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Old 08-13-2019, 02:10 PM
 
5,326 posts, read 1,484,233 times
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Quote:
Originally Posted by unlblkrubi View Post
The earth is generally agreed to be about 4.5 billion years old. Modern humans appeared around 200,000 years ago. Google it, this is what you will find. This means if the history of the earth were laid out on a football field with one goal line being the origin of the earth and the other goal line being today, modern Homo Sapiens (humans) would appear in the last 0.2 Inch...or about 5 mm for you metric fans. And the modern post-industrial revolution is arguably, what, 300 years old? That's like the last 0.00024 inch, or about 1/10th of the thickness of a piece of paper!
Think about this when people talk about how humans have wrecked the environment and the world is gonna end if we dont enact some debilitating political solution. This big old world has been having temperature tantrums for a very very long time. We are, like it or not, rather inconsequential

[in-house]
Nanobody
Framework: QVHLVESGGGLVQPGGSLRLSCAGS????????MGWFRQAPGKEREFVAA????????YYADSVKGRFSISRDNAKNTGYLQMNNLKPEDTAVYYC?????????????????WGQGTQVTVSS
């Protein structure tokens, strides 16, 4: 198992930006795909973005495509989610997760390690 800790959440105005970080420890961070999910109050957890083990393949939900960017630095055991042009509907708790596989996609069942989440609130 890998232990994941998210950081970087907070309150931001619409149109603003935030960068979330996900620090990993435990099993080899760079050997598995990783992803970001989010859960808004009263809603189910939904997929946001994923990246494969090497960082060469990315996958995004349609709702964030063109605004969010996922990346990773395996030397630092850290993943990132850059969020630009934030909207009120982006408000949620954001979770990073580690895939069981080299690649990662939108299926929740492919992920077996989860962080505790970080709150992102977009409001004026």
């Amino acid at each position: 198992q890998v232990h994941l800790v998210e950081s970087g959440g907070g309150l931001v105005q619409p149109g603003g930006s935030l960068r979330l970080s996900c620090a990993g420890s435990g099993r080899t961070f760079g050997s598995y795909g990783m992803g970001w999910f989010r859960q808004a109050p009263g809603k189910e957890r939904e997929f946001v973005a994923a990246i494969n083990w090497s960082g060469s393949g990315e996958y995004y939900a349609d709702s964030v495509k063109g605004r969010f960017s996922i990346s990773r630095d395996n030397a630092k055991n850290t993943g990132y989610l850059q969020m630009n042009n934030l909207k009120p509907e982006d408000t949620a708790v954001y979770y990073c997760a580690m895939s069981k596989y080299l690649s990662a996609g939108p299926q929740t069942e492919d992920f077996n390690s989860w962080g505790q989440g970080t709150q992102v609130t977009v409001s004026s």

Consquentiality is subjective and relative to perspective. From the perspective of a multi billion year old planet, yep - pretty inconsequential. From the perspective of a member of the species being described it matters just a lil bit more. Your point that if we take it too far we will destroy ourselves and the earth will shake it off in the long run is true. Not super comforting when you are a member of the species getting shaken off.

From the perspective of the universe our entire Galaxy might as well be a spec of dust. From the perspective of a bacteria our bodies may be equivalent to a planet in and of themselves. Understanding the correct perspective that has relevance to the topic at hand is a vital part of reading comprehension.

Last edited by zzzSnorlax; 08-13-2019 at 02:19 PM..

 
Old 08-13-2019, 02:15 PM
 
5,327 posts, read 5,195,902 times
Reputation: 6436
Wrong thread.
 
Old 08-13-2019, 02:17 PM
 
3,623 posts, read 1,066,359 times
Reputation: 2221
Quote:
Originally Posted by DCMann2 View Post
It was 90° in Anchorage last month, but that's totally normal because summer too, right? .
yep....the record high temperature for Alaska was 100 degrees....June 27.... 1915
 
Old 08-13-2019, 02:26 PM
 
631 posts, read 141,071 times
Reputation: 677
Quote:
Originally Posted by hawkeye2009 View Post
1. fossil fuels do produce CO2


2. There is not irrefutable proof that CO2 is a "greenhouse gas". This concept was refuted nearly 100 years ago.


3. plants take up CO2